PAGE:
Boal readings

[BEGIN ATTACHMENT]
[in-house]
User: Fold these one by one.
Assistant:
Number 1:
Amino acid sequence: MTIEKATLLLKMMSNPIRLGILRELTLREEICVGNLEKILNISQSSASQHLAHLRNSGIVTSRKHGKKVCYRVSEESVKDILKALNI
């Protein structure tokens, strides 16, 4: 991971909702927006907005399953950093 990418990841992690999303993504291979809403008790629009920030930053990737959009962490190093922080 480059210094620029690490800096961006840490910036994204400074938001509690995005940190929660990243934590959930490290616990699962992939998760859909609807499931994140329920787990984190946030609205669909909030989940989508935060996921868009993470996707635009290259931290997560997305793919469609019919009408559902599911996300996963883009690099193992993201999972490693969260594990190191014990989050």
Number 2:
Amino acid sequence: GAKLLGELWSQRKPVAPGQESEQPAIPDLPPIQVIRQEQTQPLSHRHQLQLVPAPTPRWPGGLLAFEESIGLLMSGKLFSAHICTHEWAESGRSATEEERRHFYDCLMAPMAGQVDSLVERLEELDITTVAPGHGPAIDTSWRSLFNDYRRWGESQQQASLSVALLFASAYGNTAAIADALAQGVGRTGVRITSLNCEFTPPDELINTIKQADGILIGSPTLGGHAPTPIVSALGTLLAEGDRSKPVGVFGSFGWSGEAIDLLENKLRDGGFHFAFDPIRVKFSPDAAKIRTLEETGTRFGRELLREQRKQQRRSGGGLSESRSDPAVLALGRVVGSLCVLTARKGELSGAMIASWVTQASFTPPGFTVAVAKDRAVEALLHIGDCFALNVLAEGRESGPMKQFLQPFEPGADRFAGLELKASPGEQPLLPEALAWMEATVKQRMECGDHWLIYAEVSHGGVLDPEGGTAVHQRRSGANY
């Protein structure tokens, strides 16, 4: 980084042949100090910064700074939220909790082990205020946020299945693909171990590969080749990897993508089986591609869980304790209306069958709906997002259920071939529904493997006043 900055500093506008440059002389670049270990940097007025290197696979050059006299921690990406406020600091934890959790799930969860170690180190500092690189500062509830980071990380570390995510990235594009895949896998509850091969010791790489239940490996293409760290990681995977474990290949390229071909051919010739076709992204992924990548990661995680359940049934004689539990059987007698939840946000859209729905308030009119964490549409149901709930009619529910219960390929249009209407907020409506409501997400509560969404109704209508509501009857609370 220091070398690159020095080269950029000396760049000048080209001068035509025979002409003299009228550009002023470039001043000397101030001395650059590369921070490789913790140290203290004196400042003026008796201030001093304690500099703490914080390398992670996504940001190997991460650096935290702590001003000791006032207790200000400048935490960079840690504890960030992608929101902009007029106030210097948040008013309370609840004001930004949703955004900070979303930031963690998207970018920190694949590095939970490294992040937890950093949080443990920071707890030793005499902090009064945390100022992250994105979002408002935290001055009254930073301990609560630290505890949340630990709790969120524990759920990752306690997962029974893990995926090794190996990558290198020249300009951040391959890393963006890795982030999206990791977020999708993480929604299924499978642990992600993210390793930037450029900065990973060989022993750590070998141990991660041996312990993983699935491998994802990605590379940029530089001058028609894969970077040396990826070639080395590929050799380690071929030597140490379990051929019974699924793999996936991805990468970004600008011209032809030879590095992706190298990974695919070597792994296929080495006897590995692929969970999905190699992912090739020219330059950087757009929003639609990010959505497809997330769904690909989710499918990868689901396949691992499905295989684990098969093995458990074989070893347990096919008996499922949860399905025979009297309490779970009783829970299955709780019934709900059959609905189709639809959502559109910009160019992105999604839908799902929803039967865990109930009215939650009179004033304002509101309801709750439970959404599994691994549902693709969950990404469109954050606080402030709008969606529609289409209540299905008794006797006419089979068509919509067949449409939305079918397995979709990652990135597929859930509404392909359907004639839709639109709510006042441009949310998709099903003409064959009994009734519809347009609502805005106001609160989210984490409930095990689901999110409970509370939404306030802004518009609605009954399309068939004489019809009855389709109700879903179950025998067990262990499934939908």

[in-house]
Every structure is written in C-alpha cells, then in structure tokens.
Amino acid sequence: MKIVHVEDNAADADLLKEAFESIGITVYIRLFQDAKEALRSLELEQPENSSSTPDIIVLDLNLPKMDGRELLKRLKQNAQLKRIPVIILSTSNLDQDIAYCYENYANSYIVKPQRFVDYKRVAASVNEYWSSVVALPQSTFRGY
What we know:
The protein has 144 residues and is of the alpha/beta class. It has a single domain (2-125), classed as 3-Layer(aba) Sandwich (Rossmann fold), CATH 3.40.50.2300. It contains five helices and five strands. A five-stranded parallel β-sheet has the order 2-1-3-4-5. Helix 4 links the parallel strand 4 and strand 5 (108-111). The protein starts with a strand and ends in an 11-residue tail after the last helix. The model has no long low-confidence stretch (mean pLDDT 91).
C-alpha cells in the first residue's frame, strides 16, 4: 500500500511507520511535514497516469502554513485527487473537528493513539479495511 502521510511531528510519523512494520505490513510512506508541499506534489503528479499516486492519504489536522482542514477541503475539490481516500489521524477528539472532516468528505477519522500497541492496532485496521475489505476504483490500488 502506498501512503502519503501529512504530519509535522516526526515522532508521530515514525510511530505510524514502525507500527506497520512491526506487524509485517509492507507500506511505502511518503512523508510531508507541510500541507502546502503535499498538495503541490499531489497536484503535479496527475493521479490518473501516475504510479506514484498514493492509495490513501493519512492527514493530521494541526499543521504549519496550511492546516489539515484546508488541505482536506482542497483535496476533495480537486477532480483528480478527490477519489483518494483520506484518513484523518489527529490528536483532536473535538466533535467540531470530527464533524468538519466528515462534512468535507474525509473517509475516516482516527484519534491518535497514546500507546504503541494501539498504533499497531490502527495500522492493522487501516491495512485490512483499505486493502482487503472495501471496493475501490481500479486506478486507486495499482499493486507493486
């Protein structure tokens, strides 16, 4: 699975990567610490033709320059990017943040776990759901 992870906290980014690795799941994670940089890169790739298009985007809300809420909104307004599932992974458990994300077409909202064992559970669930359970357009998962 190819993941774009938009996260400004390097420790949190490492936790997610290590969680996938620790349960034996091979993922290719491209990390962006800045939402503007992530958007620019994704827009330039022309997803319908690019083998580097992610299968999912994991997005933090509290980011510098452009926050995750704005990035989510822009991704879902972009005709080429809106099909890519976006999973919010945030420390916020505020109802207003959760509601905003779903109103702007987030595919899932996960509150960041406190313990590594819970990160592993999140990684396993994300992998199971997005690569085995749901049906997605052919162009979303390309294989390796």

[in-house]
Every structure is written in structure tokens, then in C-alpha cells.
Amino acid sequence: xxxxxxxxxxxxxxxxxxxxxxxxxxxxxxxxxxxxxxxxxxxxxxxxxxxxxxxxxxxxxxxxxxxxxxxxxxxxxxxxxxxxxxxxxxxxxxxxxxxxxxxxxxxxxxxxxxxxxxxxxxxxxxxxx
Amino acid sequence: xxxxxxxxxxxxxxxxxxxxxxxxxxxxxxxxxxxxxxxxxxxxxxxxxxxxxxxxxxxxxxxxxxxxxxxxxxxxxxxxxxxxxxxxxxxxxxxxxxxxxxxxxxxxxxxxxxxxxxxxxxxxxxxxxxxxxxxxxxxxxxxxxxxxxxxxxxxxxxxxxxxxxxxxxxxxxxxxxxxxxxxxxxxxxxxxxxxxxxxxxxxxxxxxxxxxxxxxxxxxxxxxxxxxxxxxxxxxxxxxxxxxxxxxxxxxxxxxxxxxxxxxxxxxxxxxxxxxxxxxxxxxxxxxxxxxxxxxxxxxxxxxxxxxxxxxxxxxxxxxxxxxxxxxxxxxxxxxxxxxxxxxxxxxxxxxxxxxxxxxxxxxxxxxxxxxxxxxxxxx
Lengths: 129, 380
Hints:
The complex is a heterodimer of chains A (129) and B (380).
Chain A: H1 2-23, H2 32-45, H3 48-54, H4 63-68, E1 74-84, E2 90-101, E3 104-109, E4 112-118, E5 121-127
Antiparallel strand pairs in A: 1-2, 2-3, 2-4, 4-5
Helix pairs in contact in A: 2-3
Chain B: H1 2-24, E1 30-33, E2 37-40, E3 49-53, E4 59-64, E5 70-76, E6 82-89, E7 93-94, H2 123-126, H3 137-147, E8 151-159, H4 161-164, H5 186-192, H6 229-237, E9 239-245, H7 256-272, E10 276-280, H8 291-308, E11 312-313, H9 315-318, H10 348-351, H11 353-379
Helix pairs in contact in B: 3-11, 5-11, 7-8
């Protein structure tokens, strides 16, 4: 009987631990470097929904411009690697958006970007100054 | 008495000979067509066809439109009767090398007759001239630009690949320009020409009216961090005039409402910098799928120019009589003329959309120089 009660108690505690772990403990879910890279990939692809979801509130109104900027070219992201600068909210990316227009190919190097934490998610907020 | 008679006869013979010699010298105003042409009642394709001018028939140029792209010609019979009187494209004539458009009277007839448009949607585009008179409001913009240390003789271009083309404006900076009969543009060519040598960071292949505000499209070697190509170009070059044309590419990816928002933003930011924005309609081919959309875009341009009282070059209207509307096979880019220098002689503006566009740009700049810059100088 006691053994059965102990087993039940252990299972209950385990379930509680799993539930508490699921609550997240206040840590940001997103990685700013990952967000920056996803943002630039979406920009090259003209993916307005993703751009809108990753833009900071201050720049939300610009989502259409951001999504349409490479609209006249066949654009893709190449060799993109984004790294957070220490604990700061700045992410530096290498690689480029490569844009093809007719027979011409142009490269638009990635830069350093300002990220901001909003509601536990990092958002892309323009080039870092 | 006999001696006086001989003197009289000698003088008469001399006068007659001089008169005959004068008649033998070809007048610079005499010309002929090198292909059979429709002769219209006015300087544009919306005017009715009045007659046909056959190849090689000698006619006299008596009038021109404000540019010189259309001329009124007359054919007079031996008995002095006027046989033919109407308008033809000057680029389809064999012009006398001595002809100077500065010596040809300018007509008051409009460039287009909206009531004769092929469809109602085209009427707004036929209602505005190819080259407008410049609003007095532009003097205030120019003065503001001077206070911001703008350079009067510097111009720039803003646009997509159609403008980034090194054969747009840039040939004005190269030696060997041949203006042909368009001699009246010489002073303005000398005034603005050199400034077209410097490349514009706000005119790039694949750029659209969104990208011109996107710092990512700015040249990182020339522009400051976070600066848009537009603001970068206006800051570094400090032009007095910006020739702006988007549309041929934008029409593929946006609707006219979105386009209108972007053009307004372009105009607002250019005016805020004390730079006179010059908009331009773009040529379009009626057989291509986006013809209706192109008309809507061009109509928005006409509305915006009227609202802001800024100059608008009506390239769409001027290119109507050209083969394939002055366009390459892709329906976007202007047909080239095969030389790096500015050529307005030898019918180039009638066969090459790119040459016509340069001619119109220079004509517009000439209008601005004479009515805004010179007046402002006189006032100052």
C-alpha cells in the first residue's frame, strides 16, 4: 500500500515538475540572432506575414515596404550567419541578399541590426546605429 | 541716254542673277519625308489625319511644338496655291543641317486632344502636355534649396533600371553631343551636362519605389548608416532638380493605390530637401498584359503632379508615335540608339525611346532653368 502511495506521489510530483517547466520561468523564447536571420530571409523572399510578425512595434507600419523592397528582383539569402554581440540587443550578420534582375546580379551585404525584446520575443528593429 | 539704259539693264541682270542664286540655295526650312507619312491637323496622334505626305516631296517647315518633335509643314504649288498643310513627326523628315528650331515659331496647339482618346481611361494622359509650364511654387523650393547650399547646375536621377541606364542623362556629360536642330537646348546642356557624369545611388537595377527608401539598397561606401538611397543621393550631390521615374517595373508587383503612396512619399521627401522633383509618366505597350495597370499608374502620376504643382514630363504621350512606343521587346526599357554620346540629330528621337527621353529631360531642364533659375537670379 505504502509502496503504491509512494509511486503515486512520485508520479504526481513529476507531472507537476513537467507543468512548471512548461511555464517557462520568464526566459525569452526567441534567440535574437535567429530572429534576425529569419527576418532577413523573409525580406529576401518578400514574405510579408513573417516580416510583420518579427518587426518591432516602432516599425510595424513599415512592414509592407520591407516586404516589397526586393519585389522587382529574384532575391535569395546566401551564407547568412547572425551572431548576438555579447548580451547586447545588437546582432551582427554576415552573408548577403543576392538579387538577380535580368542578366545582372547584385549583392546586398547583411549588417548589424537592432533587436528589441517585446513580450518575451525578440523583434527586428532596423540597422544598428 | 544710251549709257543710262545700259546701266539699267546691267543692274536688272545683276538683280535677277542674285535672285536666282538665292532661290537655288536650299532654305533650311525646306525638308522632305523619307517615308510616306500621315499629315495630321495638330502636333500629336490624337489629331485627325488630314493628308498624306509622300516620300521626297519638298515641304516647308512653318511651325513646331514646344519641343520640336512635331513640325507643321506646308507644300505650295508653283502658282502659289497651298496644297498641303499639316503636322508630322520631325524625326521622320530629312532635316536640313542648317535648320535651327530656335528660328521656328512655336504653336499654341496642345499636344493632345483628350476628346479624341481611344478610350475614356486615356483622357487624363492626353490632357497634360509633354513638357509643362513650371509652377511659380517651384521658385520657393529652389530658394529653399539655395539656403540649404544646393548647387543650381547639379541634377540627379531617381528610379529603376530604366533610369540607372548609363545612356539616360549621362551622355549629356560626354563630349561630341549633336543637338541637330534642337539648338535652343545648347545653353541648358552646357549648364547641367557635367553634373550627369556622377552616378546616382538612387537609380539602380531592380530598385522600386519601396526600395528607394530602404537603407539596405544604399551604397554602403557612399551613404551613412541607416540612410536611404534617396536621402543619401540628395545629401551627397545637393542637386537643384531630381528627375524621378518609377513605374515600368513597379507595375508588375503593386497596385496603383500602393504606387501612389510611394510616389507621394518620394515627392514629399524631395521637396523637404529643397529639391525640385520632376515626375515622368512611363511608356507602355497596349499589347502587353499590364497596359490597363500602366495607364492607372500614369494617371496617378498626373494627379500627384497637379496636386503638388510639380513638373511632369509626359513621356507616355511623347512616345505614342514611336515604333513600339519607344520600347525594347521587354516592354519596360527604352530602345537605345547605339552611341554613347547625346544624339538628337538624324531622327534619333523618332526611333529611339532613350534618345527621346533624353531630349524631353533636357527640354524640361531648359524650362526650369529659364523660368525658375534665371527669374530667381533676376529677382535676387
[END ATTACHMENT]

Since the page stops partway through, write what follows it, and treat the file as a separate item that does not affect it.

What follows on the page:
The dialectic that is represented in Boal’s non actors-actors reading is a powerful understanding that can relate to other global struggles or even domestic issues.  The imagery of both prisoners and prison guards participating together in theater and performance to better understand each other and express the humanity and struggles that exists in everyone’s lives through unique narratives.  Although the guards as not necessarily the oppressor within the binary of inmates and “rehabilitating” institutions, they represent structural components key to the development and maintenance of prison.  Having a collective engagement between the oppressed and the oppressor allows each group to have a view on the others’ personal stories and how the system of oppression ultimately dehumanizes everyone involved.  Boal highlights the idea of breaking barriers between the oppressor and the oppressed by eliminating the line between spectators and actors.  I believe that this notion is crucial to the Boal’s reading and the function of theater/performance in the context of social justice because it transforms the relationship from a simple transmission of meaning (like brainwashing) to a cyclic and interdependent relationship that transforms and consents to meanings.  This connects to his emphasis on both language and expression.  Illiteracy is an issue that contributes to different power struggles and oppressive situations.  Illiteracy in both literary language and artistic language constricts people from not only empowering themselves but from reaching out and understanding others.  Boal’s story of utilizing language in its many forms is truly amazing and comprehensive.  I kept thinking about our group issue during Thursday’s class, where stricter immigration laws are forcing both illegal and legal migrants to move away from Alabama from fear of being deported, having their family deported, or simply experiencing “justified” racial profiling.  Many of these people may not speak English, but many people are also unable to speak Spanish, which represents a dissonance that must be bridged.  Although both languages are readily available, people from two sides of the law do not and cannot communicate with each other.  By creating a space where people are empowered by both language and artistic expression, then each one can hopefully have a better understanding of each other.  This can further facilitate engagements in solutions and policies, such as the Theatre of the Oppressed, where necessary laws and reforms can be more effectively and humanly “imposed.”  This does not suggest that the oppressed needs the oppressor to become liberated, it is suggesting that liberation is dependent collective engagement and consciousnesses.  Narratives must be shared to realize the complexity of situations and change must exist on both sides for transformation to be effective and stable.


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